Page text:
As a former law enforcement trainer, I live by the credo: Always wear your body armor and always wear your seat belt. But I don't recall dust masks being part of that safety proclamation. Yet on the 17th commemoration of 9/11, I saw news clips of first responders protected only by dust masks as lethal toxins rained down upon them. I also saw former New York City Mayor Rudy Giuliani wearing a dust mask as he walked around the impacted area of Ground "Hero."
Dust masks were pretty much useless at Ground Zero. I know; I was there and I witnessed first responder honor and leadership on that fatal day, and the days after, but I did not see science.
I recall grabbing a five-minute break with my partner Ron Gardella. It was after midnight and technically 9/12. As we sat there drinking bottles of water that a Salvation Army worker was nice enough to give us, the toxic ashes fell on us like lethal snow. Ron looked at me and said, "You know, this probably isn't good for us." He was referring to our breathing in and ingesting the airborne toxins, which we minimized as ashes at the time.
Now 17 years later, many first responders are continuing to deal with the sustained exposure to 9/11 toxins. We lost 72 law enforcement heroes on 9/11, and since then, we've lost more than 100 9/11 first responders to diseases associated with sustained toxin exposure. Wearing a dust mask on 9/11 was like bringing a knife to a gun fight. While we all carried firearms, handcuffs, radios, and flashlights, we were not equipped with the knowledge of how to protect ourselves from the toxins.
In retrospect, we all understand there was no pause button on 9/11 for medical experts to hit while they researched the impact of sustained toxin exposure. The attacks were unprecedented and we did not have a section on protecting officers from crushed building toxins in our defensive tactics manuals. But much like the evolution of ground fighting, we update our tactics manuals periodically as we learn. By updating equipment, training, and officer knowledge, we better protect our first responders from tomorrow's hazards. And sadly, tomorrow's hazard has arrived in the form of lethal drugs such as fentanyl.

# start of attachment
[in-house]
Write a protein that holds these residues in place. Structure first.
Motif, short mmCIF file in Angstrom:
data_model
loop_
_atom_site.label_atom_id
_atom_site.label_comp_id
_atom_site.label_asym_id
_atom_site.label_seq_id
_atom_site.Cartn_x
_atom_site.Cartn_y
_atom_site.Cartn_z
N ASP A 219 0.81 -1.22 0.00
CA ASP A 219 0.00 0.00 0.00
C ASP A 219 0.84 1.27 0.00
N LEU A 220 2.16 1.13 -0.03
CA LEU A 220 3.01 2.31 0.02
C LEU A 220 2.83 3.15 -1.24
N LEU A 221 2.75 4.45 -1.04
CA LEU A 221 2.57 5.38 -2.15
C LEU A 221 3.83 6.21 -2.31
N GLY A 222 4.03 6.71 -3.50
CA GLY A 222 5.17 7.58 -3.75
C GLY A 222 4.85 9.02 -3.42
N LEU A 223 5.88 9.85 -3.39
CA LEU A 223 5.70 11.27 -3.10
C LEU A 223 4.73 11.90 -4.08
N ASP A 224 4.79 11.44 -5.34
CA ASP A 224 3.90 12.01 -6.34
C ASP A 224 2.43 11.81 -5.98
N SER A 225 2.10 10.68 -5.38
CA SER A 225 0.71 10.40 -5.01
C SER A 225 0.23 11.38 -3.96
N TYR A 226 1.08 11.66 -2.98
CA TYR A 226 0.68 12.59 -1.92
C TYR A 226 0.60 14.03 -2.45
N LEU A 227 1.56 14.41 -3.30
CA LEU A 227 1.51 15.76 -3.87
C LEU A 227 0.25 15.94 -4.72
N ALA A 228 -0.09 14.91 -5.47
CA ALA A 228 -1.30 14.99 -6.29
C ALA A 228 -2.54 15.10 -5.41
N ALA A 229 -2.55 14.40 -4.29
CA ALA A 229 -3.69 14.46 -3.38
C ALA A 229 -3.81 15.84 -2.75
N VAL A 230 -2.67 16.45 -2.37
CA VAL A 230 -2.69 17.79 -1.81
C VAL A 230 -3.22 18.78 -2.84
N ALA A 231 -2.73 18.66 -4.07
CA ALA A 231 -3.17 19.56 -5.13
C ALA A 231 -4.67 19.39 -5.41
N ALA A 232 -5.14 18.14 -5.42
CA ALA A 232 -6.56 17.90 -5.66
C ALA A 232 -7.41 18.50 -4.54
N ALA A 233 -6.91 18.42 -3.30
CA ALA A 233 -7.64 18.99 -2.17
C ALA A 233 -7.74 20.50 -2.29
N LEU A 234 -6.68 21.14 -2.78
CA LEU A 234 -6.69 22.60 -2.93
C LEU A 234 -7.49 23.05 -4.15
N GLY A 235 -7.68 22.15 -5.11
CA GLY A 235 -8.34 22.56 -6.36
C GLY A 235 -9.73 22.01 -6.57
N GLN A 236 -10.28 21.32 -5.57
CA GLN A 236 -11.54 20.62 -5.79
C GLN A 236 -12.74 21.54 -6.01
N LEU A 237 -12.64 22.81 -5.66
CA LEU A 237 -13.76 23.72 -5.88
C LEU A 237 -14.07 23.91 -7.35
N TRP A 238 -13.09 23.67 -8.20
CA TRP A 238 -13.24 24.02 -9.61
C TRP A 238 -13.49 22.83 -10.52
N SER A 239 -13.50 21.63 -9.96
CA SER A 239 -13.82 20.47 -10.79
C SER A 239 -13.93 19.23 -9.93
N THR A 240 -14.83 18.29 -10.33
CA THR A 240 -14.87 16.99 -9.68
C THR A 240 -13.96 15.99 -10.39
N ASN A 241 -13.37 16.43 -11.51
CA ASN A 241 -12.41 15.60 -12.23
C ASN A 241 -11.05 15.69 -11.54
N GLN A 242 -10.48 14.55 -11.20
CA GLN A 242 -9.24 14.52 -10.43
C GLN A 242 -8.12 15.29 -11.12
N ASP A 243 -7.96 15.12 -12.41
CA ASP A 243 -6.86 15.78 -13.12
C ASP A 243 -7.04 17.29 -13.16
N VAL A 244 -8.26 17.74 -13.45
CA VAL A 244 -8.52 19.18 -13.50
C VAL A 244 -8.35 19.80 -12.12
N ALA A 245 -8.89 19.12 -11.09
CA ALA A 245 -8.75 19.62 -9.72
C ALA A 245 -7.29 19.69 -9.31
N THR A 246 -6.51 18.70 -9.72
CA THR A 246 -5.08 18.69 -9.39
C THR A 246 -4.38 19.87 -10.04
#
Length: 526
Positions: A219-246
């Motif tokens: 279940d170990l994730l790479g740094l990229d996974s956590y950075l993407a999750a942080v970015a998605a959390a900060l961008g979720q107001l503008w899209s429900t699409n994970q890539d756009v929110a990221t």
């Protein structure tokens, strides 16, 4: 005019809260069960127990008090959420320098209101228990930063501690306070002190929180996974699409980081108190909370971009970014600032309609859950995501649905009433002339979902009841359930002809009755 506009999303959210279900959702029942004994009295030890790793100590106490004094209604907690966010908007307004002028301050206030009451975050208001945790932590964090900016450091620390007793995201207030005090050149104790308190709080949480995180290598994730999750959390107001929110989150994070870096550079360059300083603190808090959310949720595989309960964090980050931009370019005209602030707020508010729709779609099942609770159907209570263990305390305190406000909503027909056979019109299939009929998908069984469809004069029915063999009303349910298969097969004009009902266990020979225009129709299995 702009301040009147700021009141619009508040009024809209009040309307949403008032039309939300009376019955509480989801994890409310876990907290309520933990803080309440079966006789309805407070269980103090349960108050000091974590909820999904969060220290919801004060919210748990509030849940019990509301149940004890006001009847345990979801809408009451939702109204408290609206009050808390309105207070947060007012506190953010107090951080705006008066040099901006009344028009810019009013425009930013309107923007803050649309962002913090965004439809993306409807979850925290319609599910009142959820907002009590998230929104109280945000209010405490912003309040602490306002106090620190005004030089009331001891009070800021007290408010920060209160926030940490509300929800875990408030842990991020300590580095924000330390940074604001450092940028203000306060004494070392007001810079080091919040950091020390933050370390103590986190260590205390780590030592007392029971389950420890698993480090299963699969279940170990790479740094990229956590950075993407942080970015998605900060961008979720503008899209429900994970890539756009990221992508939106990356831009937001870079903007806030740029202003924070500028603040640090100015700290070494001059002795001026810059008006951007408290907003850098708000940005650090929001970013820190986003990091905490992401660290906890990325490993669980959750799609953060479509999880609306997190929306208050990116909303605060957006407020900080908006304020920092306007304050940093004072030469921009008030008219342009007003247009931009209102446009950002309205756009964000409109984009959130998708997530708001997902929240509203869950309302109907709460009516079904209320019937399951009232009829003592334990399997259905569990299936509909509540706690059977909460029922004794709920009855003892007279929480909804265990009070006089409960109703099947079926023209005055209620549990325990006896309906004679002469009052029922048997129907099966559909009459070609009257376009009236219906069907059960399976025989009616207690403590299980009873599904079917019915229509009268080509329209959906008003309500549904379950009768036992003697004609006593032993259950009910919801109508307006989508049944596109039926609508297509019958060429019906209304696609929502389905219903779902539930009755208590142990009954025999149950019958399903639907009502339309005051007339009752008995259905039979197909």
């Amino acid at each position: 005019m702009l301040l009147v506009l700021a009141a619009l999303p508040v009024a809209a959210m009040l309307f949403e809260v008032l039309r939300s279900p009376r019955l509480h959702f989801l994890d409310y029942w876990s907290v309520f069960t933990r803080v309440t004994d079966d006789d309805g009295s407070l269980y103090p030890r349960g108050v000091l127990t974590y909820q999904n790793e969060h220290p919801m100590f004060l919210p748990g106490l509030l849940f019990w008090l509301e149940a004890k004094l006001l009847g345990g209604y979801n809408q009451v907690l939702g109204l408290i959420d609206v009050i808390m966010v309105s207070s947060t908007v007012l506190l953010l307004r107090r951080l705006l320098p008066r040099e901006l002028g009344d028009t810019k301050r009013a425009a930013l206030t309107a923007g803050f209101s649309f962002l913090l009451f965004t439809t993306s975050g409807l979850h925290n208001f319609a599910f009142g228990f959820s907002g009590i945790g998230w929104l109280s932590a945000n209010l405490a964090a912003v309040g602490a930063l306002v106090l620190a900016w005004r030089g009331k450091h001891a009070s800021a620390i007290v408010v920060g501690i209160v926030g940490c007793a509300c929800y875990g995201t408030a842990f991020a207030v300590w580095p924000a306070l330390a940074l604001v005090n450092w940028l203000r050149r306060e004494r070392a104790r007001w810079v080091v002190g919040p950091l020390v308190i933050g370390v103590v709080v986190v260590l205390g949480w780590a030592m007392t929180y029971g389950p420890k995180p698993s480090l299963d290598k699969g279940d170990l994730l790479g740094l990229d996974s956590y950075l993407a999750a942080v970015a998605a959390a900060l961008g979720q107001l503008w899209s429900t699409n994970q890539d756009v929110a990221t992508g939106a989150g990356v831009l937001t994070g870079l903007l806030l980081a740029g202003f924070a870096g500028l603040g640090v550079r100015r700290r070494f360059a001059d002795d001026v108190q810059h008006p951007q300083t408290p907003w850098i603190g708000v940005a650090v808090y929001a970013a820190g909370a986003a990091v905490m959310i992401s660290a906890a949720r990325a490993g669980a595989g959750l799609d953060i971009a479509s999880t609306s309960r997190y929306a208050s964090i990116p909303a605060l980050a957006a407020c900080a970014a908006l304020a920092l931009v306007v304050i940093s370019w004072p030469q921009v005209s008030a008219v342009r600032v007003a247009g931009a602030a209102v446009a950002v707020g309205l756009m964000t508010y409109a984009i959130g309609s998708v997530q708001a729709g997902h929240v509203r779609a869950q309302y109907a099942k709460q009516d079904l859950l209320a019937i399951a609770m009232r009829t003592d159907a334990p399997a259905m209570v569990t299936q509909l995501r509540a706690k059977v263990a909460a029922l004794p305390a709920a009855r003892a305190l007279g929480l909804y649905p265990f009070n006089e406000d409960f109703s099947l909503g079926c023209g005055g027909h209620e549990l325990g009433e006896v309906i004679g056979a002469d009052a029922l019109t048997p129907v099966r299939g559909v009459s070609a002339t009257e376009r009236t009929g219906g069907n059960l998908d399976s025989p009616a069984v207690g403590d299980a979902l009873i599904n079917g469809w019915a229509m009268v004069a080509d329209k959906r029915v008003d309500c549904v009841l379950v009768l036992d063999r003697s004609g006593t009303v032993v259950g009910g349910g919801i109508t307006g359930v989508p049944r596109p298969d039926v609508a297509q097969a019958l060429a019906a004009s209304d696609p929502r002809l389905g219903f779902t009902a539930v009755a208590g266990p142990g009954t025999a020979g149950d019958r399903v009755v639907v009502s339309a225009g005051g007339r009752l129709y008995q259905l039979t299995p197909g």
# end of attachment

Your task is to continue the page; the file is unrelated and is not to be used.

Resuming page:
Officers and investigators continue to be exposed to lethal synthetic opioids in the course of their duties. After experiencing either touch or inhalation exposure, officers have become immediately ill and have required emergency medical care. Concerns associated with fentanyl exposure have escalated to the point where some judges won't allow it to be brought into their courtrooms as evidence. While that may be a wise decision, simply banning something as a safety precaution doesn't fill the knowledge void. Officers will continue to come into contact with extremely strong and potentially lethal opioid drugs and need to be armed with scientifically validated facts and not fiction.
In the past year, POLICE Magazine has published informative articles addressing the dangers of officer exposure to opioids and how officers should protect themselves and even their K-9 partners. To build upon the value of this content, a federal interagency working group created an informative video titled, "Fentanyl: The Real Deal" and unveiled it in August. Supported by the national law enforcement organizations, this seven-minute video has been disseminated nationwide. The video itself provides valuable information on the types of exposure, what to do if exposed, and the anticipated effects, and also dispels misinformation. One point that resonated with me is that officers should clean their hands with soap and water if contact is made and not hand sanitizer, which will only increase the absorption of fentanyl through the skin.
During 9/11, and the days after, we did not have a video to guide us. We had dust masks, failed EPA air sensors, and a nagging sense that the toxin exposure wasn't good. The risks of the job are high enough, and we don't need to lose more officers to toxic exposure. Whether it's risks associated with pulverized building toxins, fentanyl, or any other potentially lethal substance, we need to ensure that our law enforcement officers stay informed, stay prepared, and stay safe.